The Eleventh Circuit vacated a defendant’s enhanced sentence under the Armed Career Criminal Act after the defendant was convicted of unlawful possession of a firearm. At issue on appeal was whether his prior convictions for cocaine offenses under state law constituted “serious drug offenses” under the ACCA, which were the basis of his enhancement.
Key to the Court’s analysis was that one of the cocaine offenses Jackson was previously convicted for also criminalized the sale of “ioflupane.” At the time he was later charged and convicted of unlawful possession of a firearm, ioflupane was not a controlled substance under federal law.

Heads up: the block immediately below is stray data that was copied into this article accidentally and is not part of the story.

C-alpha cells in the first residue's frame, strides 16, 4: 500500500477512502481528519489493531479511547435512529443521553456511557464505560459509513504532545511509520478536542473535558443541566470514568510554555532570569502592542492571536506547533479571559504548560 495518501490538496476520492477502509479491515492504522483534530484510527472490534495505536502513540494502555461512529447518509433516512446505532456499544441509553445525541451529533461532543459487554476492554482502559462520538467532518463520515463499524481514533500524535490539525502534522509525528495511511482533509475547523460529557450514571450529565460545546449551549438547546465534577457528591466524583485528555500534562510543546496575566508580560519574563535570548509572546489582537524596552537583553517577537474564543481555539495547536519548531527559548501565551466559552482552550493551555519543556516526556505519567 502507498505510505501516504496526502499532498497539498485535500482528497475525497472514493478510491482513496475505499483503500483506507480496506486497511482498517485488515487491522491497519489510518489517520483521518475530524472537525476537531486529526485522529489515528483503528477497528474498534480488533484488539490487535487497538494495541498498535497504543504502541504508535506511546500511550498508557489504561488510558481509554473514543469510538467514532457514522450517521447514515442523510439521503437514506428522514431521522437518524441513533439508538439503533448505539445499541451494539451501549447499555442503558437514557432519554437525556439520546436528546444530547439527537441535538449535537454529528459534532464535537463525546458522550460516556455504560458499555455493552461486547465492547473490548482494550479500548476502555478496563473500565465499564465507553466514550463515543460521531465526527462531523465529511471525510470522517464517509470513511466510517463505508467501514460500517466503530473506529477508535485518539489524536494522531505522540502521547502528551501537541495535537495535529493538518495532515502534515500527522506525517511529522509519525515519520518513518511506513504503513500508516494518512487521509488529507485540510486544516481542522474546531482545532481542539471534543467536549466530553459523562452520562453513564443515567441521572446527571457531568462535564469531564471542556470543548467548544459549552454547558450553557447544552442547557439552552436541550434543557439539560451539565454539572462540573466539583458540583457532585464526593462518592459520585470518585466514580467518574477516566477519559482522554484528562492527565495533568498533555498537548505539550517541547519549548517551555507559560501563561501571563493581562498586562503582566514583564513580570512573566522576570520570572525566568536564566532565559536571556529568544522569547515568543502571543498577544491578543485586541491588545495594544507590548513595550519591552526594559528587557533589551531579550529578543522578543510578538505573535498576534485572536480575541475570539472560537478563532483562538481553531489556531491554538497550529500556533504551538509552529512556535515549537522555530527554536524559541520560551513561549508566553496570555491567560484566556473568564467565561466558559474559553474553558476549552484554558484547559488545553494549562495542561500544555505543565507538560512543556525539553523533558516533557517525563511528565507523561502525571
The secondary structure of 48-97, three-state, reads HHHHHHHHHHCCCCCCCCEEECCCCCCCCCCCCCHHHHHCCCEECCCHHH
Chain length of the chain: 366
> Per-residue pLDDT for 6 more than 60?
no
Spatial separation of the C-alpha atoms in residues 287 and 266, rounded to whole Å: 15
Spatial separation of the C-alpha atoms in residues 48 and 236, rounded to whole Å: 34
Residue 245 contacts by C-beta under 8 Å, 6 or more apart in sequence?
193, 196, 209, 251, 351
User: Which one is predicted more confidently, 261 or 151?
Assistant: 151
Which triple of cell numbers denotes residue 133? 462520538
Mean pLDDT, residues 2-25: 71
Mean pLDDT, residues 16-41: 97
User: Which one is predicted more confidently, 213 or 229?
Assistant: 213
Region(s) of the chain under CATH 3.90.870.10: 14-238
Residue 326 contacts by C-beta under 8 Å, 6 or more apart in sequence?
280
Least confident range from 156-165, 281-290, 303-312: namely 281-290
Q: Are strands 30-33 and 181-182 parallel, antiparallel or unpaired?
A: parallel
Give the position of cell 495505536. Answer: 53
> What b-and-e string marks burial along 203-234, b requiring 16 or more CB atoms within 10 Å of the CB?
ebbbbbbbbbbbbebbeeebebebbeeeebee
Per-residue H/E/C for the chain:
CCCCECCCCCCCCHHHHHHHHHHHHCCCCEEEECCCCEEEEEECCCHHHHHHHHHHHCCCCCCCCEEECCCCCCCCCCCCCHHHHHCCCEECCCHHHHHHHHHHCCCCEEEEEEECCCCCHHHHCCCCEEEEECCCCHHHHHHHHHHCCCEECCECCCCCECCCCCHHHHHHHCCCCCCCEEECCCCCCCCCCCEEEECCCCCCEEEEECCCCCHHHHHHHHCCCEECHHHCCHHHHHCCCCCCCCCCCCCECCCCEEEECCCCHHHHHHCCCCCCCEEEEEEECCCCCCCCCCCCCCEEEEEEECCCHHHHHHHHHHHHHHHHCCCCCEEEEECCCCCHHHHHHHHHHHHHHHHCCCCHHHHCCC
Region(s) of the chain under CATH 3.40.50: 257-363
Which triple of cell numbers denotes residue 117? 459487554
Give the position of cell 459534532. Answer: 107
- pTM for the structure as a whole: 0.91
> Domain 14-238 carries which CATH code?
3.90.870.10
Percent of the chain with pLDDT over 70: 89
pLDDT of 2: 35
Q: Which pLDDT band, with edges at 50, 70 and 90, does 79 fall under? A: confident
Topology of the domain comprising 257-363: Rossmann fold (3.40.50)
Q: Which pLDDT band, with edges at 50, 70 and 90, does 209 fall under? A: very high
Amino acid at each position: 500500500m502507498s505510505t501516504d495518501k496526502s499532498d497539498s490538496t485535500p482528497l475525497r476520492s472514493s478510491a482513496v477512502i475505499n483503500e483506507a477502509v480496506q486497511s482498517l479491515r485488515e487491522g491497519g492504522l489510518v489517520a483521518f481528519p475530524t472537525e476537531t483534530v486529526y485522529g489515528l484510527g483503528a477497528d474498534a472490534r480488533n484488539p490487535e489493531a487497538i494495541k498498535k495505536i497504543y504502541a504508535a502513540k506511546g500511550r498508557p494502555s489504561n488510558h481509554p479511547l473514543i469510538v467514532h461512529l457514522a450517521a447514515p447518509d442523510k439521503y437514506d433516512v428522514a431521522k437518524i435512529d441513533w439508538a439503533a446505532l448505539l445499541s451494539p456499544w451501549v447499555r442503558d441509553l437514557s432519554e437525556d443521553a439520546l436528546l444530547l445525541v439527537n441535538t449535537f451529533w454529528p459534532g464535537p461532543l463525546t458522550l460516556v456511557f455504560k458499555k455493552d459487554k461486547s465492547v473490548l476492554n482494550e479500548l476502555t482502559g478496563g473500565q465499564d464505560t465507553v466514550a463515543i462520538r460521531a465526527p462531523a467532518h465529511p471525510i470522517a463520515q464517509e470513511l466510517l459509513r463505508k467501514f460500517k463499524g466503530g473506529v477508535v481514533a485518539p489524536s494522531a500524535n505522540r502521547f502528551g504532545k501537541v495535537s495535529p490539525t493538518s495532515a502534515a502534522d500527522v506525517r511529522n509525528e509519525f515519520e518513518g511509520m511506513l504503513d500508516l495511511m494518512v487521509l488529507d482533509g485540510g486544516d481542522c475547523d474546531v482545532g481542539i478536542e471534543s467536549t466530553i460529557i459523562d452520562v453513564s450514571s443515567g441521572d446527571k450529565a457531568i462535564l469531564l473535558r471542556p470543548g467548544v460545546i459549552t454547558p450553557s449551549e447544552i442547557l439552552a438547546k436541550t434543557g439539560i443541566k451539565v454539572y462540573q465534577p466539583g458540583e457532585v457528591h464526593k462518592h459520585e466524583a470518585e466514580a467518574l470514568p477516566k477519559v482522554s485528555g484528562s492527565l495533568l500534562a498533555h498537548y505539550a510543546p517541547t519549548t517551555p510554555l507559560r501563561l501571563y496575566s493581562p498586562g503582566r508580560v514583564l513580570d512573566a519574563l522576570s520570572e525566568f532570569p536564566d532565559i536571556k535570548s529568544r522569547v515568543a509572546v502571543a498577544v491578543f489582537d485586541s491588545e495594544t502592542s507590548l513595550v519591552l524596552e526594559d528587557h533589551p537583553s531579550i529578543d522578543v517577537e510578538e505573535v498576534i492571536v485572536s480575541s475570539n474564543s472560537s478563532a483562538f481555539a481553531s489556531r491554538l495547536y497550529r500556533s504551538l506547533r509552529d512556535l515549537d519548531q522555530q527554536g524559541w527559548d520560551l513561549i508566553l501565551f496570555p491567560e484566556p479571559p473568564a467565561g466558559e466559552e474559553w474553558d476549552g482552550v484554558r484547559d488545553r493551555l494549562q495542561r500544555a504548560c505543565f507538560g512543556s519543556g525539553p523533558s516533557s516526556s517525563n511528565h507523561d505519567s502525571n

Citing fair notice and due process concerns, the Eleventh Circuit concluded that, where a district court is trying to determine whether a defendant is subject to an enhanced sentence under the ACCA for a prior drug conviction, the court “apply the version of the Controlled Substance Act Schedules in place when the defendant committed the federal firearm-possession offense for which he is being sentenced,” as opposed to the schedules in effect when the defendant is convicted of his predicate state offenses. Since ioflupane was not a controlled substance under the CSA at the time of Jackson’s federal prosecution, his conviction for cocaine under the statute that includes ioflupane was not a “serious drug offense.”
Appeal from the Southern District of Florida
Opinion by Rosenbaum, J. Pryor, and E. Carnes
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